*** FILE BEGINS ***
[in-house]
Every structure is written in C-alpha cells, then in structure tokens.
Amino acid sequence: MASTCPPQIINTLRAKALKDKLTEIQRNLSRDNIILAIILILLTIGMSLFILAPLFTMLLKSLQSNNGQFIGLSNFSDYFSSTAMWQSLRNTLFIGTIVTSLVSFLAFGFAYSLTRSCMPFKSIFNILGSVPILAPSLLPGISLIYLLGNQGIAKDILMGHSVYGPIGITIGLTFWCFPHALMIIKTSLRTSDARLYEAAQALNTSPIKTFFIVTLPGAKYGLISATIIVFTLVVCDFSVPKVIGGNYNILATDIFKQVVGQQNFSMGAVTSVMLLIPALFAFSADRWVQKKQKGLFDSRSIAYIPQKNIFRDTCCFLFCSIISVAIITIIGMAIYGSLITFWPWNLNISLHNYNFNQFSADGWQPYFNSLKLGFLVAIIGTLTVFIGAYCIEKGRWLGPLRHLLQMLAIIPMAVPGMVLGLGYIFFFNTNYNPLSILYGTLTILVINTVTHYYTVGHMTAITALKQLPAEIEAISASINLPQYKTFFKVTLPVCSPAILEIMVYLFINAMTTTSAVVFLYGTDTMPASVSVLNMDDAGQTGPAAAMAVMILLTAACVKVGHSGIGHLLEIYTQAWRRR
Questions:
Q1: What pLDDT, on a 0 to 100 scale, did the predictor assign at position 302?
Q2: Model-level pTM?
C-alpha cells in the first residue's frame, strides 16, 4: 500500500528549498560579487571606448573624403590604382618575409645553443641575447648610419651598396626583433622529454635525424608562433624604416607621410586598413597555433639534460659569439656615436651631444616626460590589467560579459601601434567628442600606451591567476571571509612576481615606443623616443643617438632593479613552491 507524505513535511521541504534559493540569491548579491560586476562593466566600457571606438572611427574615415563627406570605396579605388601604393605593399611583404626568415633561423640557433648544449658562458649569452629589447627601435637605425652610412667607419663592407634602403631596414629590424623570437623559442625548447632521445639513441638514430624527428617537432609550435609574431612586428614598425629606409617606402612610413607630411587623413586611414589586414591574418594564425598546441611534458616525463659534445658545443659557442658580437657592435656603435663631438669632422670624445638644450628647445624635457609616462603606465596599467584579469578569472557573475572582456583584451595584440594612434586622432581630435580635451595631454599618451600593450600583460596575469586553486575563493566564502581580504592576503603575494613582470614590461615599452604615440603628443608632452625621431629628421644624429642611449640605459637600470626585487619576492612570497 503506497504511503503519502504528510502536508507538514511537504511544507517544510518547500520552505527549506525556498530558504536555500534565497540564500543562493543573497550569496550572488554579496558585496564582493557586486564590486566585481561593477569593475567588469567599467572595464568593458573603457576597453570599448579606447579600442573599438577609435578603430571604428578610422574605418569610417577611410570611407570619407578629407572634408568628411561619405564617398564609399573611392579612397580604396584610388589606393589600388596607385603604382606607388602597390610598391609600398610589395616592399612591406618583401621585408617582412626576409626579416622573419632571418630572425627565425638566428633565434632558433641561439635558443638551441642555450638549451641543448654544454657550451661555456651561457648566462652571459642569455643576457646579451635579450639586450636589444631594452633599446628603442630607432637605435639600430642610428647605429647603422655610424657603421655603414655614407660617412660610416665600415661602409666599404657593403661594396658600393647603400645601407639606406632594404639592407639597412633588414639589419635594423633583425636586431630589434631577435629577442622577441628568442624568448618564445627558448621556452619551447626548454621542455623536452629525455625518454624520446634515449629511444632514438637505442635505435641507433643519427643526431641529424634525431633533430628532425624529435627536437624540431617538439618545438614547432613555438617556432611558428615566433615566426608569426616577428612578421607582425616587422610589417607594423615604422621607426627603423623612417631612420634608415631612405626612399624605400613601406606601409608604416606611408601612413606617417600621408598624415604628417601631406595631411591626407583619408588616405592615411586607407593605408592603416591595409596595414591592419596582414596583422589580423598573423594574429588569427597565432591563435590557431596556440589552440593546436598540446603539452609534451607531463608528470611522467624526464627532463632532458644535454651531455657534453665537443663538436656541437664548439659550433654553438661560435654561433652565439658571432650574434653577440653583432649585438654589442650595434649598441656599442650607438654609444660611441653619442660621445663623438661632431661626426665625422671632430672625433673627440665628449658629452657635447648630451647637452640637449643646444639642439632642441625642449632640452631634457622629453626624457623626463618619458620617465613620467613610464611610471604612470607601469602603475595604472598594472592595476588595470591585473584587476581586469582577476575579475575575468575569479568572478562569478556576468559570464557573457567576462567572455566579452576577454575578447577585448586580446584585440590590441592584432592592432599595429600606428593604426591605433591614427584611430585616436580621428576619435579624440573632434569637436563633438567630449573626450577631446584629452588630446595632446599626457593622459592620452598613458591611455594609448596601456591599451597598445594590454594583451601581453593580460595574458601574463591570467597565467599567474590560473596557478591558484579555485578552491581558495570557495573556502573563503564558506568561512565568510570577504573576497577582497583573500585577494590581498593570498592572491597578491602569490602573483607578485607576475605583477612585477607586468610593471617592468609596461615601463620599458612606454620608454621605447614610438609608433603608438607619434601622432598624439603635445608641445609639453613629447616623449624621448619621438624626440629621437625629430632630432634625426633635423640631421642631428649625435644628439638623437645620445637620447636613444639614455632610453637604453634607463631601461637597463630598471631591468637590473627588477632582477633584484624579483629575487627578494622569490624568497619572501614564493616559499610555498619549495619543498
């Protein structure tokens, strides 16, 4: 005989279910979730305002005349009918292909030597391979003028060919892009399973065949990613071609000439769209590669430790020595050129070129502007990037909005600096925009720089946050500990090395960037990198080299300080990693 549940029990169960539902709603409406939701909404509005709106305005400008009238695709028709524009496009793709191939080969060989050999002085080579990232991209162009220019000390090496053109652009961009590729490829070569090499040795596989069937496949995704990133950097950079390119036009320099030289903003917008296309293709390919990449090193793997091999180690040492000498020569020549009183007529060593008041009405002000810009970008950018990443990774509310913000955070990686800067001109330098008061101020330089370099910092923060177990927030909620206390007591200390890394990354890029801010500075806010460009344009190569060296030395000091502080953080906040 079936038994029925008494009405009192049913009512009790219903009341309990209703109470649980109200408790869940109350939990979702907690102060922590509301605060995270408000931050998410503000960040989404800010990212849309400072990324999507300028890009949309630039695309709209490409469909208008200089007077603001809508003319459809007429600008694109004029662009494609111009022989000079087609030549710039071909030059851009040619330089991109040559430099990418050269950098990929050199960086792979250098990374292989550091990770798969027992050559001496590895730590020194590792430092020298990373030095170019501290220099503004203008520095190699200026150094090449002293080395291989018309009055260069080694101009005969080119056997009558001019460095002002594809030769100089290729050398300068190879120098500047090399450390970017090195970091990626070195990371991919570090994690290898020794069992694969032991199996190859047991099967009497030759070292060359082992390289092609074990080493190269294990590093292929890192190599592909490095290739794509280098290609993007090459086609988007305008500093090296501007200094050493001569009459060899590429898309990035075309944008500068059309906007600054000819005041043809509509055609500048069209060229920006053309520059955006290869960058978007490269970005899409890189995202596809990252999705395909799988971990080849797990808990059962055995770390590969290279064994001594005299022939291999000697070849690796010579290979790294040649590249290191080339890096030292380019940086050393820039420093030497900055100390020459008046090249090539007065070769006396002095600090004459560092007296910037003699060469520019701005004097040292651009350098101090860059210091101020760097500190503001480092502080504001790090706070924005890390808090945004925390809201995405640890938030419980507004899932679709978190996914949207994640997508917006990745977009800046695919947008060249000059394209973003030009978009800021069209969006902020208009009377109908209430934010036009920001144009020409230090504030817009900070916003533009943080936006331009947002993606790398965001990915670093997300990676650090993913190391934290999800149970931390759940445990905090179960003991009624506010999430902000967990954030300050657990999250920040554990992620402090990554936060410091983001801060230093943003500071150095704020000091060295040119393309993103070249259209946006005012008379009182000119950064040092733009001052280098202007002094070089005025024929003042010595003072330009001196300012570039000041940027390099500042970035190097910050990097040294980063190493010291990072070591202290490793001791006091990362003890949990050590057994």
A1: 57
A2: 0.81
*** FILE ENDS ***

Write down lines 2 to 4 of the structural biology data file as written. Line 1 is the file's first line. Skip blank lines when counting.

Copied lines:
Every structure is written in C-alpha cells, then in structure tokens.
Amino acid sequence: MASTCPPQIINTLRAKALKDKLTEIQRNLSRDNIILAIILILLTIGMSLFILAPLFTMLLKSLQSNNGQFIGLSNFSDYFSSTAMWQSLRNTLFIGTIVTSLVSFLAFGFAYSLTRSCMPFKSIFNILGSVPILAPSLLPGISLIYLLGNQGIAKDILMGHSVYGPIGITIGLTFWCFPHALMIIKTSLRTSDARLYEAAQALNTSPIKTFFIVTLPGAKYGLISATIIVFTLVVCDFSVPKVIGGNYNILATDIFKQVVGQQNFSMGAVTSVMLLIPALFAFSADRWVQKKQKGLFDSRSIAYIPQKNIFRDTCCFLFCSIISVAIITIIGMAIYGSLITFWPWNLNISLHNYNFNQFSADGWQPYFNSLKLGFLVAIIGTLTVFIGAYCIEKGRWLGPLRHLLQMLAIIPMAVPGMVLGLGYIFFFNTNYNPLSILYGTLTILVINTVTHYYTVGHMTAITALKQLPAEIEAISASINLPQYKTFFKVTLPVCSPAILEIMVYLFINAMTTTSAVVFLYGTDTMPASVSVLNMDDAGQTGPAAAMAVMILLTAACVKVGHSGIGHLLEIYTQAWRRR
Questions: